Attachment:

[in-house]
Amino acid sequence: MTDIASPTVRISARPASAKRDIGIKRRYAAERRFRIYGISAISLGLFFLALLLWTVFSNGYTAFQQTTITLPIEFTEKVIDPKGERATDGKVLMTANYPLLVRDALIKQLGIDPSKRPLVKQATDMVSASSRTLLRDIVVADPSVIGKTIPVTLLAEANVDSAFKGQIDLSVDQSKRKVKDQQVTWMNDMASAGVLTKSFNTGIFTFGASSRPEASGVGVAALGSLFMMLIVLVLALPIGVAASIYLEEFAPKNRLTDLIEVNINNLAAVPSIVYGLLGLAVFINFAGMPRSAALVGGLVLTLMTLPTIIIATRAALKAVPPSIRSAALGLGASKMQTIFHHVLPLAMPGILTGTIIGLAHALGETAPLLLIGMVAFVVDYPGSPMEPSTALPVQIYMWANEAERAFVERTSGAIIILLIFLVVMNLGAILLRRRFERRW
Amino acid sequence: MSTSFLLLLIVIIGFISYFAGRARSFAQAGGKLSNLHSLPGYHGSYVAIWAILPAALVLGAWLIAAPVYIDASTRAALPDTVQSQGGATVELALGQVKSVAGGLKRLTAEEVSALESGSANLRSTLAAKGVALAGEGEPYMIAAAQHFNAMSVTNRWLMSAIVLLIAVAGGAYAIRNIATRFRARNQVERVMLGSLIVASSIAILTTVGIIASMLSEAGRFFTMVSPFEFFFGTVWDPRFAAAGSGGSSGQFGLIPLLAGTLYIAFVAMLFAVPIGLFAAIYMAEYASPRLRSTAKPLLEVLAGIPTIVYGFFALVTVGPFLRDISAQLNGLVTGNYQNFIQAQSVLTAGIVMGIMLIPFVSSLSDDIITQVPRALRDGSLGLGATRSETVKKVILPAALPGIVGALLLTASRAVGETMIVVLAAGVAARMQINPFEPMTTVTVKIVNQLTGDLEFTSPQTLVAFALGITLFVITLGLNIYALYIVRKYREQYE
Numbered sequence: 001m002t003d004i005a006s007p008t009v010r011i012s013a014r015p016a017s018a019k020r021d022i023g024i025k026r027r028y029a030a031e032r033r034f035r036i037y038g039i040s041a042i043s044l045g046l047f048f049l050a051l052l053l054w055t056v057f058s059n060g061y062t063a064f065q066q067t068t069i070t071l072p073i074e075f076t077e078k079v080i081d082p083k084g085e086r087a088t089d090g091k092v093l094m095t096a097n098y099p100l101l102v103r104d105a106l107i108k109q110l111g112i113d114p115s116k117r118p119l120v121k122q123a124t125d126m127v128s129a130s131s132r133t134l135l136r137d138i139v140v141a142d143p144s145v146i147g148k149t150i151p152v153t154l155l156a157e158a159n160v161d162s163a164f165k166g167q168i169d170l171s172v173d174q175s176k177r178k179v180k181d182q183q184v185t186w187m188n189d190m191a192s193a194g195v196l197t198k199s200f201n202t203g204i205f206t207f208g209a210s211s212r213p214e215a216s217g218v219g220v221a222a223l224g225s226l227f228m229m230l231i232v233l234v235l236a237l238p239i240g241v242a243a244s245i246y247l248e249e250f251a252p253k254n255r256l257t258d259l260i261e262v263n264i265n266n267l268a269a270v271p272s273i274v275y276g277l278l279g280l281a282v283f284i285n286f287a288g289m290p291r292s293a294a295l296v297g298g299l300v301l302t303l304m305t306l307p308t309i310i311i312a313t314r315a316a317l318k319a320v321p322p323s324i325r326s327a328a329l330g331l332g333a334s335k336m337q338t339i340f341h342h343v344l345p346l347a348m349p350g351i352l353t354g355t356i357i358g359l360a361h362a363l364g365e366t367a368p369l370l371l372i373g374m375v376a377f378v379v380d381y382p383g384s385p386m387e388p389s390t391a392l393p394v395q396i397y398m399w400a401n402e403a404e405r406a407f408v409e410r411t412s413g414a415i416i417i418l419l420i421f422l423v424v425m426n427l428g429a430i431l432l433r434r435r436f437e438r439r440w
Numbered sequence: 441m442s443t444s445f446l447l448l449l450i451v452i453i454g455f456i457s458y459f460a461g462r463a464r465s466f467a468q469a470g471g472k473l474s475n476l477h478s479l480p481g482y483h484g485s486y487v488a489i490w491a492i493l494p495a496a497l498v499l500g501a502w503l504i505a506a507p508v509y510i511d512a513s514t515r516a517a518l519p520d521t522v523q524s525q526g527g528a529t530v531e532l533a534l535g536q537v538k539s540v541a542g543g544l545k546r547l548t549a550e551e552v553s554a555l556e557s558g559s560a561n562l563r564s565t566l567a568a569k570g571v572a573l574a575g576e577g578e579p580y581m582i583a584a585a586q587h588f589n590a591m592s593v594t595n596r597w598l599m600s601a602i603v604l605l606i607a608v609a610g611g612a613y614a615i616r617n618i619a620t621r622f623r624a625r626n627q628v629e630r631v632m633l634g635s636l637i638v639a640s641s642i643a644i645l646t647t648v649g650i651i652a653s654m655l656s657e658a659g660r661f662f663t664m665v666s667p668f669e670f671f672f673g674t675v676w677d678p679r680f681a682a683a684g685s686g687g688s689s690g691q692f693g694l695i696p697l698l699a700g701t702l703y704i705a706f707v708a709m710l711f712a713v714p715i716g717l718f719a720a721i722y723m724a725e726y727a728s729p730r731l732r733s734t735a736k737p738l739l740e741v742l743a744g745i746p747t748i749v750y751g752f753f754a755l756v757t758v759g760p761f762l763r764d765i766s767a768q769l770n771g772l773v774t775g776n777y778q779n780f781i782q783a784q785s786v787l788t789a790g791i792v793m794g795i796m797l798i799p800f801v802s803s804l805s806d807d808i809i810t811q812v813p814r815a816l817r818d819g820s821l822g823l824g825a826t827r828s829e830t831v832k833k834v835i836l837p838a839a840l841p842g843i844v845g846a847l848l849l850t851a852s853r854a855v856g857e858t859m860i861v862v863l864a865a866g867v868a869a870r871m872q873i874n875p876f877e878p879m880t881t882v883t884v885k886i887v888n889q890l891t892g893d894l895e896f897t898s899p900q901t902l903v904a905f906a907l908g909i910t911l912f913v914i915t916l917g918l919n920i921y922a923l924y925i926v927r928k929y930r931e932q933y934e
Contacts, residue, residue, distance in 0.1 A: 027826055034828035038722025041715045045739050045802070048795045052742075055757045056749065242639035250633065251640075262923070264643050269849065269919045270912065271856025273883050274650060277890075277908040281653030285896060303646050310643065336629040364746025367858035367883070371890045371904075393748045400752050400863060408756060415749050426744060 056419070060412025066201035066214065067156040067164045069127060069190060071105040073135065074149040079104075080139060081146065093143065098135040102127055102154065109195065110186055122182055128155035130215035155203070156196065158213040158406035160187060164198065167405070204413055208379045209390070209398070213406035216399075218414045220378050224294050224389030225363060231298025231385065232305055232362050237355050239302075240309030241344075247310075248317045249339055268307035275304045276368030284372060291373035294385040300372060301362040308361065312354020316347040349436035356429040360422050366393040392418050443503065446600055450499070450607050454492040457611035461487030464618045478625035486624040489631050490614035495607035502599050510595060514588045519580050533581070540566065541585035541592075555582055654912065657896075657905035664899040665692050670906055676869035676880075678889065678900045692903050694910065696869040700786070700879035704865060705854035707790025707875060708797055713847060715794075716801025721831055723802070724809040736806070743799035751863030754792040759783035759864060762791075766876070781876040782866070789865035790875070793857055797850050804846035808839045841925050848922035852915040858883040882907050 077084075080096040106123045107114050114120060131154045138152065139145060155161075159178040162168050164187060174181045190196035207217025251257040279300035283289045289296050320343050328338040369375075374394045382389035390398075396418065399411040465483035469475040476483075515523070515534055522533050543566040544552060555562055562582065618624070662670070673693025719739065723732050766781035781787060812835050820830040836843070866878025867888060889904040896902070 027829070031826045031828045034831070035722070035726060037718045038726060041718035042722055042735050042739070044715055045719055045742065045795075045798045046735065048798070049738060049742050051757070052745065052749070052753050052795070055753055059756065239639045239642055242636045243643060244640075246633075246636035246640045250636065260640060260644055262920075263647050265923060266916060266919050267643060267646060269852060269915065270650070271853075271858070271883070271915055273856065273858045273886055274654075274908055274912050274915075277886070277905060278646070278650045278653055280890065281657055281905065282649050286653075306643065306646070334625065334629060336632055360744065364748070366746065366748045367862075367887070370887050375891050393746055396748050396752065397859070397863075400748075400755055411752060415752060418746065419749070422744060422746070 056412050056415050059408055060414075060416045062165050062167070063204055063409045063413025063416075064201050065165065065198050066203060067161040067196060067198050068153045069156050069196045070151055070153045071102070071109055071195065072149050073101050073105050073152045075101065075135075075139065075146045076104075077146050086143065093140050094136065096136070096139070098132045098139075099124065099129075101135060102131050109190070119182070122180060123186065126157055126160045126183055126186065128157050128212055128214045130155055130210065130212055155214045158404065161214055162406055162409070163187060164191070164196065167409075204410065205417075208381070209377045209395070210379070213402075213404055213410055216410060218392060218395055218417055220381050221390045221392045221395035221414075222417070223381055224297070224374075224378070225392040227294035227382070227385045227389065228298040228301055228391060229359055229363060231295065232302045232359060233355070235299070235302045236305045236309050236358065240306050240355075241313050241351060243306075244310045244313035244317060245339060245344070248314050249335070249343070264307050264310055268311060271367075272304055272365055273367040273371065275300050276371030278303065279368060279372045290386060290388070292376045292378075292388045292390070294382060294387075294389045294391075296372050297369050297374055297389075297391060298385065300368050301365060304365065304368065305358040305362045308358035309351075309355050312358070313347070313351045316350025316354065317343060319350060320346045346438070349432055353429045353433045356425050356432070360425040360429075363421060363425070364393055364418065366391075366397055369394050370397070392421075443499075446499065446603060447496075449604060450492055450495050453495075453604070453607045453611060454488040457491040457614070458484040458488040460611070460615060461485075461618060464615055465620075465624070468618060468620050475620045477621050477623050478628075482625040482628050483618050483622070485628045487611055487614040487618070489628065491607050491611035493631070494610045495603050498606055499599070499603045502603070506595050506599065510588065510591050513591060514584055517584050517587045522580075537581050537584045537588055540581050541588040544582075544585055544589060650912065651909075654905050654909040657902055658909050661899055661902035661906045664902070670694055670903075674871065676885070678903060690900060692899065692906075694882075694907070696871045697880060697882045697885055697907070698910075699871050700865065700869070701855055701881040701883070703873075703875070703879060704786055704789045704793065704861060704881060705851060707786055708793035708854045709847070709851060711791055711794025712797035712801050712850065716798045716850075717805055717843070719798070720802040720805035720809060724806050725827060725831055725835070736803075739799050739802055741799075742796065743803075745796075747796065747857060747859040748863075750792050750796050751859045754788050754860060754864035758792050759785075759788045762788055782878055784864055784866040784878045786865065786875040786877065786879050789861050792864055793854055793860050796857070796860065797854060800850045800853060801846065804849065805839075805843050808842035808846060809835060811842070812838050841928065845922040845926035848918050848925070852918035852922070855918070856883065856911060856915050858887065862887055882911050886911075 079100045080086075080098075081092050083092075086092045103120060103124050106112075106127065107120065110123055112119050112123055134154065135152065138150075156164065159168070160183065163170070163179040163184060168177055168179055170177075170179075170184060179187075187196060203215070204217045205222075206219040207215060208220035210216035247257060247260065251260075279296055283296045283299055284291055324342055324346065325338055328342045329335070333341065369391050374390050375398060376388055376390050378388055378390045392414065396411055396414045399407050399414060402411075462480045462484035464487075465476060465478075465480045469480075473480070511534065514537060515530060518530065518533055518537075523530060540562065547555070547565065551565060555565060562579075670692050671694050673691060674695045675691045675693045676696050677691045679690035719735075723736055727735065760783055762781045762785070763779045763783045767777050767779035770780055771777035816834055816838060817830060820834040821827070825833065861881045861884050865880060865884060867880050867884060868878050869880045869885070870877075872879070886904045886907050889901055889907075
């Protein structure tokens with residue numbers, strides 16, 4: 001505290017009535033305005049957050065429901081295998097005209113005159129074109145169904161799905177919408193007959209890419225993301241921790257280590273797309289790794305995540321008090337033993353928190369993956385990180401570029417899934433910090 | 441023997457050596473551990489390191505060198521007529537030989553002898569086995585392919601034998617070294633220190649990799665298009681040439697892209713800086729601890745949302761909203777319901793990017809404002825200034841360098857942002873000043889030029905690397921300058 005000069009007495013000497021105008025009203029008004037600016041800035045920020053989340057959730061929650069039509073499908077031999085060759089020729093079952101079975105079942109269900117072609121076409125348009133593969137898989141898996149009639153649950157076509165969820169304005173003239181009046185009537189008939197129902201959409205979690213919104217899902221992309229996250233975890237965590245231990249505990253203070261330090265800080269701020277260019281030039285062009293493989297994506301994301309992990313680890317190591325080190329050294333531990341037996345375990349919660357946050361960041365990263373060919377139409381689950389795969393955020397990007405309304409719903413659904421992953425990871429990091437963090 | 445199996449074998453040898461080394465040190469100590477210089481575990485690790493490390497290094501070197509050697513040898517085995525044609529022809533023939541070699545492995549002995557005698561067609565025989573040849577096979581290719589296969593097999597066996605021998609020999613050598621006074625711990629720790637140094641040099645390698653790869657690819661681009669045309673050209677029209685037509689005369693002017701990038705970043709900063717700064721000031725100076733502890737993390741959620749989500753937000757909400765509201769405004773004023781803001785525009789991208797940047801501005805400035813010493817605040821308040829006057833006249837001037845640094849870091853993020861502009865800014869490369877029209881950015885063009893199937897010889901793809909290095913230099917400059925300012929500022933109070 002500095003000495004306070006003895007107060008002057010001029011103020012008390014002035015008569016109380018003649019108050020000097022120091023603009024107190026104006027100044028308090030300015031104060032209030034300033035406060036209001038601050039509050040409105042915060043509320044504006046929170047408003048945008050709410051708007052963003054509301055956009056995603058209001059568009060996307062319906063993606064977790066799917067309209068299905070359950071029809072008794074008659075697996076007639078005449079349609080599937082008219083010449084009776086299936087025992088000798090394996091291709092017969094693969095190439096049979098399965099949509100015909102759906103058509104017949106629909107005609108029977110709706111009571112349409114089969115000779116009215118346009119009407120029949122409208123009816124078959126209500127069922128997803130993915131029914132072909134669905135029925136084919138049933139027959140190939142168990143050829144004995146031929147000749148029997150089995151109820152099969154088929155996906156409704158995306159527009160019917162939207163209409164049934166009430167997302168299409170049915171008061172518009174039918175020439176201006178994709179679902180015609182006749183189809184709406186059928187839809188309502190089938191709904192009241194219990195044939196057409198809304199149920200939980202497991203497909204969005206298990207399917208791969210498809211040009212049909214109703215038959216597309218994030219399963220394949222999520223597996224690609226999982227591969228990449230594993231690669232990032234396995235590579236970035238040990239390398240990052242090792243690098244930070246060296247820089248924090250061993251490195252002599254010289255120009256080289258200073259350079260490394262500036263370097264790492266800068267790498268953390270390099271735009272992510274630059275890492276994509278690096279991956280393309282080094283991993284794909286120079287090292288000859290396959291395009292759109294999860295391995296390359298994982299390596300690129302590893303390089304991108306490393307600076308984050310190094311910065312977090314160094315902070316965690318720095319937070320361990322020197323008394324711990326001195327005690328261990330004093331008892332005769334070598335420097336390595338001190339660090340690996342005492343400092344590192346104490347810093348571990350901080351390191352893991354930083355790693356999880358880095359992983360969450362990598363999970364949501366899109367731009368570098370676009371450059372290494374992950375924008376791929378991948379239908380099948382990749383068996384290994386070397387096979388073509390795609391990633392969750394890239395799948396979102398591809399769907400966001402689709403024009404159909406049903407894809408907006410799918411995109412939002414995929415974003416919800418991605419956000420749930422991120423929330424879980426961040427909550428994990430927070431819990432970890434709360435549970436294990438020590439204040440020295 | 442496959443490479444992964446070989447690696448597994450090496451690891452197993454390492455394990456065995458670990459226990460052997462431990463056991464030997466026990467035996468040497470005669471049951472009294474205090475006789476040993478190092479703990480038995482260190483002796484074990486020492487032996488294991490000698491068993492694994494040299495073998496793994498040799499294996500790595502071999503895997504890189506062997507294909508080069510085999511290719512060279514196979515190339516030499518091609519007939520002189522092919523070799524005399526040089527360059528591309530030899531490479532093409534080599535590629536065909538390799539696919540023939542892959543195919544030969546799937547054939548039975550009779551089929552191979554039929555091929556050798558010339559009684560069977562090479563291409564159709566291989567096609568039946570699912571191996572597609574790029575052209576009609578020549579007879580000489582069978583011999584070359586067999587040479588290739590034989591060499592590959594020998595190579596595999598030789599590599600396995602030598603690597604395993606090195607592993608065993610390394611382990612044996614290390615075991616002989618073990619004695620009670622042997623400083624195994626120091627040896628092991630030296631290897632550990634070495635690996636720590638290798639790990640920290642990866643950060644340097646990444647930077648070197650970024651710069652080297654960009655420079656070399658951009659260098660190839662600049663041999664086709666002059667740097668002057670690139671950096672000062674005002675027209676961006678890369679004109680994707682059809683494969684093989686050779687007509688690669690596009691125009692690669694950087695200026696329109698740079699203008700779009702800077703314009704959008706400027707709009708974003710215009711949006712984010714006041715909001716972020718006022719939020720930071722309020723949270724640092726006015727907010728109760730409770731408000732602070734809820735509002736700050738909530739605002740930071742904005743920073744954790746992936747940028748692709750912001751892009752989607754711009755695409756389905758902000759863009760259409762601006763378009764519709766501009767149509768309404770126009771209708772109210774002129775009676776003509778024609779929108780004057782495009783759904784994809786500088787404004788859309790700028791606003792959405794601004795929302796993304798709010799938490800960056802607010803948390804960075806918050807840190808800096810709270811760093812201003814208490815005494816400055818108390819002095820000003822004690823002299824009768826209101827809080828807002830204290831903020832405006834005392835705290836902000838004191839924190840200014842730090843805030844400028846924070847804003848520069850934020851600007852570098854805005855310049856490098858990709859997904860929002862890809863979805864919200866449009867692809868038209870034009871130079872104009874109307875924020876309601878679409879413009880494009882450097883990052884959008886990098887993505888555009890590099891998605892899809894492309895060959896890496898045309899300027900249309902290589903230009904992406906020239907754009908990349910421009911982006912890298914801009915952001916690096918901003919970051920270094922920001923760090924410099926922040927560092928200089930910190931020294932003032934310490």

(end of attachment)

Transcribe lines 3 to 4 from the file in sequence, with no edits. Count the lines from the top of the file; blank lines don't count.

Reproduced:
Amino acid sequence: MSTSFLLLLIVIIGFISYFAGRARSFAQAGGKLSNLHSLPGYHGSYVAIWAILPAALVLGAWLIAAPVYIDASTRAALPDTVQSQGGATVELALGQVKSVAGGLKRLTAEEVSALESGSANLRSTLAAKGVALAGEGEPYMIAAAQHFNAMSVTNRWLMSAIVLLIAVAGGAYAIRNIATRFRARNQVERVMLGSLIVASSIAILTTVGIIASMLSEAGRFFTMVSPFEFFFGTVWDPRFAAAGSGGSSGQFGLIPLLAGTLYIAFVAMLFAVPIGLFAAIYMAEYASPRLRSTAKPLLEVLAGIPTIVYGFFALVTVGPFLRDISAQLNGLVTGNYQNFIQAQSVLTAGIVMGIMLIPFVSSLSDDIITQVPRALRDGSLGLGATRSETVKKVILPAALPGIVGALLLTASRAVGETMIVVLAAGVAARMQINPFEPMTTVTVKIVNQLTGDLEFTSPQTLVAFALGITLFVITLGLNIYALYIVRKYREQYE
Numbered sequence: 001m002t003d004i005a006s007p008t009v010r011i012s013a014r015p016a017s018a019k020r021d022i023g024i025k026r027r028y029a030a031e032r033r034f035r036i037y038g039i040s041a042i043s044l045g046l047f048f049l050a051l052l053l054w055t056v057f058s059n060g061y062t063a064f065q066q067t068t069i070t071l072p073i074e075f076t077e078k079v080i081d082p083k084g085e086r087a088t089d090g091k092v093l094m095t096a097n098y099p100l101l102v103r104d105a106l107i108k109q110l111g112i113d114p115s116k117r118p119l120v121k122q123a124t125d126m127v128s129a130s131s132r133t134l135l136r137d138i139v140v141a142d143p144s145v146i147g148k149t150i151p152v153t154l155l156a157e158a159n160v161d162s163a164f165k166g167q168i169d170l171s172v173d174q175s176k177r178k179v180k181d182q183q184v185t186w187m188n189d190m191a192s193a194g195v196l197t198k199s200f201n202t203g204i205f206t207f208g209a210s211s212r213p214e215a216s217g218v219g220v221a222a223l224g225s226l227f228m229m230l231i232v233l234v235l236a237l238p239i240g241v242a243a244s245i246y247l248e249e250f251a252p253k254n255r256l257t258d259l260i261e262v263n264i265n266n267l268a269a270v271p272s273i274v275y276g277l278l279g280l281a282v283f284i285n286f287a288g289m290p291r292s293a294a295l296v297g298g299l300v301l302t303l304m305t306l307p308t309i310i311i312a313t314r315a316a317l318k319a320v321p322p323s324i325r326s327a328a329l330g331l332g333a334s335k336m337q338t339i340f341h342h343v344l345p346l347a348m349p350g351i352l353t354g355t356i357i358g359l360a361h362a363l364g365e366t367a368p369l370l371l372i373g374m375v376a377f378v379v380d381y382p383g384s385p386m387e388p389s390t391a392l393p394v395q396i397y398m399w400a401n402e403a404e405r406a407f408v409e410r411t412s413g414a415i416i417i418l419l420i421f422l423v424v425m426n427l428g429a430i431l432l433r434r435r436f437e438r439r440w